I am tired…. I don’t think I can do this anymore…”
These lines are words that can proceed from people who are in distress.. They are often not looking for specific advice. They exhibit signs of hopelessness, rage, uncontrolled anger, seeking revenge, acting reckless or engaging in risky activities – seemingly without thinking, feeling trapped like there’s no way out, increased alcohol or drug use, withdrawing from friends, family & society, anxiety, agitation, unable to sleep or sleeping all the time and dramatic mood changes.
It takes work to prevent suicide. The positive benefits of this work are infinite and sustainable and can have a massive impact. The work can affect not only those in distress but also their loved ones, those working in the area and also society as a whole. We must endeavor to develop evidence based suicide prevention activities that reach those who are struggling in every part of the world. Joining together is critical to preventing suicide.
Suicide prevention remains a universal challenge. Every year, suicide is among the top 20 leading causes of death globally for people of all ages. It is responsible for over 800,000 deaths, which equates to one suicide every 40 seconds. Suicide is the result of a convergence of genetic,psychological, social and cultural and other risk factors, sometimes combined with experiences of trauma and loss. People who take their own lives represent a heterogeneous group, with unique, complex and multifaceted causal influences preceding their final act.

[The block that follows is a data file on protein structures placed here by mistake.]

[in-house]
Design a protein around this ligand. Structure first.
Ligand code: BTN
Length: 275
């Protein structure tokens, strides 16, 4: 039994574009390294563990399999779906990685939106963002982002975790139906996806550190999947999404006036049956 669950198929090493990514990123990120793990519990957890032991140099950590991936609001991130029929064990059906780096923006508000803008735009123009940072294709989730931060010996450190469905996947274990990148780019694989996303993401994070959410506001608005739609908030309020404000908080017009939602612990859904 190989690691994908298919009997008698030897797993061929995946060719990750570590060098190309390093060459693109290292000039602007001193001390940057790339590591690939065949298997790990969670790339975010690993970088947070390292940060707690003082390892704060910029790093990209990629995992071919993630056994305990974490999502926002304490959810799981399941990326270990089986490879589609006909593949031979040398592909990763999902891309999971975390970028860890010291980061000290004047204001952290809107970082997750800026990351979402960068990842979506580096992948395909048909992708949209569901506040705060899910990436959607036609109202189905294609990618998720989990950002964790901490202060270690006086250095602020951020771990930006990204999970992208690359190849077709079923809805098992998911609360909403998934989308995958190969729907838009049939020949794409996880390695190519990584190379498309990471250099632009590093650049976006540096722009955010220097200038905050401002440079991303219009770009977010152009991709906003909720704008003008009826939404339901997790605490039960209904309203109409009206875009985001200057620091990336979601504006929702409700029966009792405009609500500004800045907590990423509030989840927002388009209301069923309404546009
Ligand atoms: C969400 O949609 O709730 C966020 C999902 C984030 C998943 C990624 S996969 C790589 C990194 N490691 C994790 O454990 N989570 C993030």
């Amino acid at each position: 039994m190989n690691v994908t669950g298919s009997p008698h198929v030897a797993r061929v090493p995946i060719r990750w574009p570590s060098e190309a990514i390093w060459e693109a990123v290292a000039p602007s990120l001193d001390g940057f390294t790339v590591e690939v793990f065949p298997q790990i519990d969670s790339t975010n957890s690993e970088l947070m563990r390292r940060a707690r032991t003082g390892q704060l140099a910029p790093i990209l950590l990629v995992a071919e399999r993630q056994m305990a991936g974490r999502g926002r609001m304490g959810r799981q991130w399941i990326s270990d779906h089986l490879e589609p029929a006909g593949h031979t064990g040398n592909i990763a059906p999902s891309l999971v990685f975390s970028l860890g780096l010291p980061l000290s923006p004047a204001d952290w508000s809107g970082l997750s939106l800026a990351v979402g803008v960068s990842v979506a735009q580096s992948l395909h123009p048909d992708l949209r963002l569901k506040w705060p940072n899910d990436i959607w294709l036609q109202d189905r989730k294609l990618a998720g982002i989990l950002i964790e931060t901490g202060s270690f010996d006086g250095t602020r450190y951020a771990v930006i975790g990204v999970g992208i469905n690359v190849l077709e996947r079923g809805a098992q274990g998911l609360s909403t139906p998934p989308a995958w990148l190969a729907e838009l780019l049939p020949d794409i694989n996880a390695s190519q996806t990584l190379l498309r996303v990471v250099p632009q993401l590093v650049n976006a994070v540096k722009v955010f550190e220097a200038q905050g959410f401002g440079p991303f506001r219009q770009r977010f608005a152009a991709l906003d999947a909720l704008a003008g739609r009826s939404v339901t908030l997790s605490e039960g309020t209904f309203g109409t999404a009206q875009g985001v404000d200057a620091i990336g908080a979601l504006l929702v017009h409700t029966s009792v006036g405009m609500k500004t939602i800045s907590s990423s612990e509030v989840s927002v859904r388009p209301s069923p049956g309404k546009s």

Everyone can make a contribution in preventing suicide.
This year is the first #WSPD with the theme “Working Together to Prevent Suicide.” This theme according to the International Association for Suicide Prevention will be retained for WSPD in 2019 and 2020. This theme was chosen as it highlights the most essential ingredient for effective global suicide prevention- collaboration. We all have a role to play and together we can collectively address the challenges presented by suicidal behavior in society today.
Taking a minute to reach out to someone in your community – a family member, friend, colleague or even a stranger – could change the course of another’s life.
Please #YouCanTalk – to trusted people, family, work colleagues, group members. You’re not alone!
Let’s learn to ask “Are you ok?